Kay Charter of Saving Birds Thru Habitat passed along this gem of a book, Bringing Nature Home , by Dr. Douglas Tallamy. Dr. Tallamy chairs the Department of Entomology and Wildlife Ecology at University of Delaware.
And, he owns 10 acres of farmland that was once loaded with invasives. Which, he discovered, supported very little insect life and also strangled out the native plants.
I thought I knew the importance of planting natives, but I really didn't get it until I read this book. I just didn't get how important native trees and plants are to birds.
There is so much in my dog eared, heavily highlighted copy, it is hard to begin....
Perhaps, the most important thing this book taught me is that I have a decision every time I plant or remove something from the LoveNest garden. And, if I choose a native plant I am managing the LoveNest habitat in a way that supports native insect populations and provides valuable nutrition for nesting birds.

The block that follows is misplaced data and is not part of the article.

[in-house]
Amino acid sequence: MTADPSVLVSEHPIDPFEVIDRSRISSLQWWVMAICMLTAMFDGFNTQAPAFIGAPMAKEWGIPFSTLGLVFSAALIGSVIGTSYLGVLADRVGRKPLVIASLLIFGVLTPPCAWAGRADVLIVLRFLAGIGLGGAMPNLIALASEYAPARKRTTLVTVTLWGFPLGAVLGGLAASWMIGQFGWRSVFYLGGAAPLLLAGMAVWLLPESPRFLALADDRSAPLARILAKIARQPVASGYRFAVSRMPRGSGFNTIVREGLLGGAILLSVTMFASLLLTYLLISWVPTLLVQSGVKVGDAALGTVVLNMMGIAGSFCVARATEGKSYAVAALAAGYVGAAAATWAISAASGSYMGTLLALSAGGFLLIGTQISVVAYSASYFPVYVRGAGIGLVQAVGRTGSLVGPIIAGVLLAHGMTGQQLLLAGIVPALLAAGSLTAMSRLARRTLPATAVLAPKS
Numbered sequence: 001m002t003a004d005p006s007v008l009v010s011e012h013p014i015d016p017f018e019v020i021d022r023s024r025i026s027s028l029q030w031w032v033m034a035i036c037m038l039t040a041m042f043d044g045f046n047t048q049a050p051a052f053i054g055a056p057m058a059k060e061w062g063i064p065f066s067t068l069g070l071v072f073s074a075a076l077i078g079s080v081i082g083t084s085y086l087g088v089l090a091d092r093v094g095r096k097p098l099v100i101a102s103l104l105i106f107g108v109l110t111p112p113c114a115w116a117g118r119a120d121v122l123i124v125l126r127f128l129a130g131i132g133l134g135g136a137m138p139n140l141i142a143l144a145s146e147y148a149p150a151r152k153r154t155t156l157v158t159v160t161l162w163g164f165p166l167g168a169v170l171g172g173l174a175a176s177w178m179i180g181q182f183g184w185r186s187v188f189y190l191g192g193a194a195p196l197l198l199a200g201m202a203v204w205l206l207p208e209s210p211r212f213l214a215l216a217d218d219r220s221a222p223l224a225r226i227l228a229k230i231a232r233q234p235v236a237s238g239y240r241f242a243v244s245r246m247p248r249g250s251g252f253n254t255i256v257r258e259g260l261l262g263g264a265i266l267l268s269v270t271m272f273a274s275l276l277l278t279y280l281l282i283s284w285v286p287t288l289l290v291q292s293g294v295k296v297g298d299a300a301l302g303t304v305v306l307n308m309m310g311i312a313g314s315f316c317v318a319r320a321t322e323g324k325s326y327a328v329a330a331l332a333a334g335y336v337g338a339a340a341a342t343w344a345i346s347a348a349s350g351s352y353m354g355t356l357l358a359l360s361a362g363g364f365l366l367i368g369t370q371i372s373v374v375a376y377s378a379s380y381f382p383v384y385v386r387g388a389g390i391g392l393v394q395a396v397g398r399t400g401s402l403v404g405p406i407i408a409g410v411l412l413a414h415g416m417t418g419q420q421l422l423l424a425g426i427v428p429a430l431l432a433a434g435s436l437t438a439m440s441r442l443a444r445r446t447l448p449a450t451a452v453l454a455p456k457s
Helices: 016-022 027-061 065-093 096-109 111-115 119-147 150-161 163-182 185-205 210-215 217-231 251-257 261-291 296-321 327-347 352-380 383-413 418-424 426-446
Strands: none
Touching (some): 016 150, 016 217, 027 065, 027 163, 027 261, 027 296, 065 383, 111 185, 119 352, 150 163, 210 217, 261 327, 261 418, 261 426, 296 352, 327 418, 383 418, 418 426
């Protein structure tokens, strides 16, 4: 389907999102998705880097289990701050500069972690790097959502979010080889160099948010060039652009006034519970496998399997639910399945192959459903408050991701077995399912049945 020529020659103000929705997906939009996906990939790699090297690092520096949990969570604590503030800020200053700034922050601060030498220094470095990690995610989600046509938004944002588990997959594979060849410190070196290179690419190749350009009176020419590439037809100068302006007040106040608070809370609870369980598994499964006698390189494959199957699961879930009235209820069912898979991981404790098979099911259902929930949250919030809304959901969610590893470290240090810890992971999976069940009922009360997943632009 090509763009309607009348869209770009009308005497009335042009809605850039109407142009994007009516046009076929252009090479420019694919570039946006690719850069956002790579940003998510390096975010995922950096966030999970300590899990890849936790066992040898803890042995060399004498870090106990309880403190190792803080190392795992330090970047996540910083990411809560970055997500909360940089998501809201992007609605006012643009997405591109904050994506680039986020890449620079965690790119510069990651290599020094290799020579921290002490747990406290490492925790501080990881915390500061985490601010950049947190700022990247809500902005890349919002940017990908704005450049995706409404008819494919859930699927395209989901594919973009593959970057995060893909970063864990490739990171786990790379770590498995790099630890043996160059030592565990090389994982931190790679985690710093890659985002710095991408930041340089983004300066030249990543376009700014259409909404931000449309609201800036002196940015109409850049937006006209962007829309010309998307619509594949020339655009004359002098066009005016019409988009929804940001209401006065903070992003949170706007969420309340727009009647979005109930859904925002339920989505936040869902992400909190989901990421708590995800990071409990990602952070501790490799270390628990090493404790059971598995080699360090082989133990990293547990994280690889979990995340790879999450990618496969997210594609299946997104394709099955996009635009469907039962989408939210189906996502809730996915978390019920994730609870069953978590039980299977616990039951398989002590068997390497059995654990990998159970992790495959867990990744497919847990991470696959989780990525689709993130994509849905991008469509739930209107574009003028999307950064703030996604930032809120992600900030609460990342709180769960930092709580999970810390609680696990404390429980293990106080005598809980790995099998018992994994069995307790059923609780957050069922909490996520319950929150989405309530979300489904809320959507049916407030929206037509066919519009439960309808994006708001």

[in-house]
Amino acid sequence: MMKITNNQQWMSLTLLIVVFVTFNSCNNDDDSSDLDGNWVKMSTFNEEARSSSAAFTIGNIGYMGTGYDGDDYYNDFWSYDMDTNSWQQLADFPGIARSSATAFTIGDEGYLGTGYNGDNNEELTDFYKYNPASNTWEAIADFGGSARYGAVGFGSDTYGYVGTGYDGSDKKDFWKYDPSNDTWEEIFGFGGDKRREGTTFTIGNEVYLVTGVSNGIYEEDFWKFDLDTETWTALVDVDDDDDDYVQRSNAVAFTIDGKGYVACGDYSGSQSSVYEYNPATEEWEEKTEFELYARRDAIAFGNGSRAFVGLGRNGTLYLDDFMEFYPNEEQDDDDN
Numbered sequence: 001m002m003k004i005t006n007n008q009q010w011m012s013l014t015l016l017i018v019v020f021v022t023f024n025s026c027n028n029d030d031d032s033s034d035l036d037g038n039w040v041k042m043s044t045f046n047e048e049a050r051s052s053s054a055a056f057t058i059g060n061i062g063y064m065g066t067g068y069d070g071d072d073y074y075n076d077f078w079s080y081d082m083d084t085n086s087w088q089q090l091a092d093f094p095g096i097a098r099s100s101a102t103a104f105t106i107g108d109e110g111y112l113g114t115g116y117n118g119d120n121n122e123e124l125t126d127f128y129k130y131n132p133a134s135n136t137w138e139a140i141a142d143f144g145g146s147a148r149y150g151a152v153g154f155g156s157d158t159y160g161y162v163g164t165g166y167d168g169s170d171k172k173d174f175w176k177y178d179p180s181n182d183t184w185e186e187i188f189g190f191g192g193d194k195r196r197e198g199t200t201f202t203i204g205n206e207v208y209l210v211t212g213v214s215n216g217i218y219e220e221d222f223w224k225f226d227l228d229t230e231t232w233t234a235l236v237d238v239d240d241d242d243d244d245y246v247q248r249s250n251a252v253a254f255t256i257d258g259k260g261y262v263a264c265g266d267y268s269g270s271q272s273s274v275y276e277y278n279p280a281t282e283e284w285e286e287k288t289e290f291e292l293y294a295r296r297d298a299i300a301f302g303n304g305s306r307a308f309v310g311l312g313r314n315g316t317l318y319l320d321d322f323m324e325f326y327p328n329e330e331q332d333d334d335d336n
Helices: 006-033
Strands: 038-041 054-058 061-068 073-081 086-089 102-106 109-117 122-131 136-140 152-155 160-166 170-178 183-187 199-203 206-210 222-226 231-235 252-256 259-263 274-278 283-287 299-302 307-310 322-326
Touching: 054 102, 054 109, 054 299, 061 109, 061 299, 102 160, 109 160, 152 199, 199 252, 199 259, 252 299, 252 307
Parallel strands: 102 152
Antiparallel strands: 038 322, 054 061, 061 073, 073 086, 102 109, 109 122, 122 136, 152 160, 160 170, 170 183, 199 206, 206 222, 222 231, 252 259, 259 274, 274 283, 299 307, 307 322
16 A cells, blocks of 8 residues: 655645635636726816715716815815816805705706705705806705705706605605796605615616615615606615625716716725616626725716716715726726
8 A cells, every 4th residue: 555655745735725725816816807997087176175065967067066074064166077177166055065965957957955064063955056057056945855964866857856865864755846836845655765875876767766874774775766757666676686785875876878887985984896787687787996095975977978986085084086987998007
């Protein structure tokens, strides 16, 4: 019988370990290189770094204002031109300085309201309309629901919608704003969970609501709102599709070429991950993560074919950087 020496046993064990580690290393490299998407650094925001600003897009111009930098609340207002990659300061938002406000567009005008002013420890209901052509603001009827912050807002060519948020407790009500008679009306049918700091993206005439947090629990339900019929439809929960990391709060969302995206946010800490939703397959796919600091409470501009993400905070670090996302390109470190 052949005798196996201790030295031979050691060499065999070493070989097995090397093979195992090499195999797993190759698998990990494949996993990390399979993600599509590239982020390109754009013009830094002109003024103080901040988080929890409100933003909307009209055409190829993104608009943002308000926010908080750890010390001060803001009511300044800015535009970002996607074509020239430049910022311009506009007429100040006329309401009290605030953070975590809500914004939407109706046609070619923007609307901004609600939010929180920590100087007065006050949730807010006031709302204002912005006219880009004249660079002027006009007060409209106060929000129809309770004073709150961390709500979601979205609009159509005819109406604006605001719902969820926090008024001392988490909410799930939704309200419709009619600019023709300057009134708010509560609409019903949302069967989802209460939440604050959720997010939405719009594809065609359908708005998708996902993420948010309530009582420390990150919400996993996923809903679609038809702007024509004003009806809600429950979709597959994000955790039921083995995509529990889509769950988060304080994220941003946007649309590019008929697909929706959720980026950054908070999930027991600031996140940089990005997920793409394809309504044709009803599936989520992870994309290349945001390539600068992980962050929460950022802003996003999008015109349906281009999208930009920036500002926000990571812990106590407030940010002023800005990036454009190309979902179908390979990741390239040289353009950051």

Native insects love native plants and birds love (and need) insects. Most terrestrial birds rear their young on protein (pound for pound, most insects have more protein than beef), energy filled insects, not seeds and berries.
And, a successful breeding season is dependent on the amount of food birds find for their brood.
Which is just one of the many reasons Cute Husband and I will never put anything but native in the Lovenest's ground.
Dr. Tallamy's book is also a beautiful reference book that details the best native to plant to support the most insect species. The book is also brimming with great bug pictures!
Cute Husband and I recently planted a Redbud (Cercis canadensis).
Native, but not as important as an Oak Tree in supporting a diverse population of insect species.
We are ok with that.
It was one of my Dad's favorite trees.